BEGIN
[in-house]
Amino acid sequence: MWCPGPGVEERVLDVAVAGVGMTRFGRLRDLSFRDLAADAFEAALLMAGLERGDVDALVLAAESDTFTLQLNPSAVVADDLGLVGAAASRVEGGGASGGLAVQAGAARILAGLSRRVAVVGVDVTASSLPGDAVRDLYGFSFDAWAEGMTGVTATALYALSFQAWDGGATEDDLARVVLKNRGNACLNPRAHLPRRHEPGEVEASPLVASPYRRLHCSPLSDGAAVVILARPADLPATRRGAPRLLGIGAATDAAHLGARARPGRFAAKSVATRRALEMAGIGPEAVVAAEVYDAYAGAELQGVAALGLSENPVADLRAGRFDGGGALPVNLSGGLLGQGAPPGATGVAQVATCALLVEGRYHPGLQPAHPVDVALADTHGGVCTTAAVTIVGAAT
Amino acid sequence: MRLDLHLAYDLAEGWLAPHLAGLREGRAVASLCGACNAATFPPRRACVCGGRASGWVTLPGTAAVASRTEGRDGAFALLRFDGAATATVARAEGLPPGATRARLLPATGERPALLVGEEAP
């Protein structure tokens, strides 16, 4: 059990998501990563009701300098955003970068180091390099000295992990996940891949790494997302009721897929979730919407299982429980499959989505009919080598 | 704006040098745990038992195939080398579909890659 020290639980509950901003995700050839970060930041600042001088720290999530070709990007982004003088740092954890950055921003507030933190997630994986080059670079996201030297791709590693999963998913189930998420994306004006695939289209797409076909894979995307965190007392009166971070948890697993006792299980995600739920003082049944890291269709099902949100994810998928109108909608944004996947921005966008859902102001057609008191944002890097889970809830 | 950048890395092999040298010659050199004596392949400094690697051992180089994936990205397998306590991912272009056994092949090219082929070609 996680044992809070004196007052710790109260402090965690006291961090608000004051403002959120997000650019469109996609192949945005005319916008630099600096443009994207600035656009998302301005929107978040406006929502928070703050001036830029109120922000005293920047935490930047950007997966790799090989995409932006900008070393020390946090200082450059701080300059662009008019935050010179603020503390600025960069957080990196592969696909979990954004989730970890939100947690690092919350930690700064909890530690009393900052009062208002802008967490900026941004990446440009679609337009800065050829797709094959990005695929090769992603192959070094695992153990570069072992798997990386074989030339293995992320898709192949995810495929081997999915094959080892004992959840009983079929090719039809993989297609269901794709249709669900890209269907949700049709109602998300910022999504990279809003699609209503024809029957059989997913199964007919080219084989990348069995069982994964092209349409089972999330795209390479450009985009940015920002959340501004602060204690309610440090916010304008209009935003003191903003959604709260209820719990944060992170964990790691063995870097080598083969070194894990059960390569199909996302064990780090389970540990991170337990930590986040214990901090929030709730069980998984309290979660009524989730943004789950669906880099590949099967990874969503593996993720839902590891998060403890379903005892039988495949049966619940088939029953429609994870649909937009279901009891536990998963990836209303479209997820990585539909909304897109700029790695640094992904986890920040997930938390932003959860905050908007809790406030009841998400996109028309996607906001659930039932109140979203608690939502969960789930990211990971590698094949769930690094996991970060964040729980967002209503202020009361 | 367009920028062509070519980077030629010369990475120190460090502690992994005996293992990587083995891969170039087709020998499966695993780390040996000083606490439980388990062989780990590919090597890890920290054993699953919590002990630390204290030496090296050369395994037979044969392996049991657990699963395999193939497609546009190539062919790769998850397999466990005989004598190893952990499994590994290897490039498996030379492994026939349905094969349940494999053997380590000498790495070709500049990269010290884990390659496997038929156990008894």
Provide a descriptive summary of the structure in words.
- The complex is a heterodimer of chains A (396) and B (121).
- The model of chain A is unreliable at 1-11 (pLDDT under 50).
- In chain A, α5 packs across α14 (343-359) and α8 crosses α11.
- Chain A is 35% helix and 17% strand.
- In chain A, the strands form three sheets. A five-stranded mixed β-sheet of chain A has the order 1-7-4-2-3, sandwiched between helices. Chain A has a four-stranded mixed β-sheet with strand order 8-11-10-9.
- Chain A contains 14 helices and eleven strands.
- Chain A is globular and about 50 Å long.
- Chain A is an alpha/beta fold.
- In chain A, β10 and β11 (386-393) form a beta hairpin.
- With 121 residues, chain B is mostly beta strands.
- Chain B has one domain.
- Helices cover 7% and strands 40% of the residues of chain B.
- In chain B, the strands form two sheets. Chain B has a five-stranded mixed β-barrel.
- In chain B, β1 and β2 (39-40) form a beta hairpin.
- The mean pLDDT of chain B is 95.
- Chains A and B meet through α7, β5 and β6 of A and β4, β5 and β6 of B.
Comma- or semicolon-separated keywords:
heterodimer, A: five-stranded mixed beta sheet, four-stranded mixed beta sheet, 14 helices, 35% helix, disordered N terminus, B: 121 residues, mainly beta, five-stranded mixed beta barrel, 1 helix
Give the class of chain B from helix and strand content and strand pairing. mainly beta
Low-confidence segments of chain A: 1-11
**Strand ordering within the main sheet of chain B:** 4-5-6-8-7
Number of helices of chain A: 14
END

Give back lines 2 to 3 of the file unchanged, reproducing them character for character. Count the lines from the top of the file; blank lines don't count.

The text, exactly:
Amino acid sequence: MWCPGPGVEERVLDVAVAGVGMTRFGRLRDLSFRDLAADAFEAALLMAGLERGDVDALVLAAESDTFTLQLNPSAVVADDLGLVGAAASRVEGGGASGGLAVQAGAARILAGLSRRVAVVGVDVTASSLPGDAVRDLYGFSFDAWAEGMTGVTATALYALSFQAWDGGATEDDLARVVLKNRGNACLNPRAHLPRRHEPGEVEASPLVASPYRRLHCSPLSDGAAVVILARPADLPATRRGAPRLLGIGAATDAAHLGARARPGRFAAKSVATRRALEMAGIGPEAVVAAEVYDAYAGAELQGVAALGLSENPVADLRAGRFDGGGALPVNLSGGLLGQGAPPGATGVAQVATCALLVEGRYHPGLQPAHPVDVALADTHGGVCTTAAVTIVGAAT
Amino acid sequence: MRLDLHLAYDLAEGWLAPHLAGLREGRAVASLCGACNAATFPPRRACVCGGRASGWVTLPGTAAVASRTEGRDGAFALLRFDGAATATVARAEGLPPGATRARLLPATGERPALLVGEEAP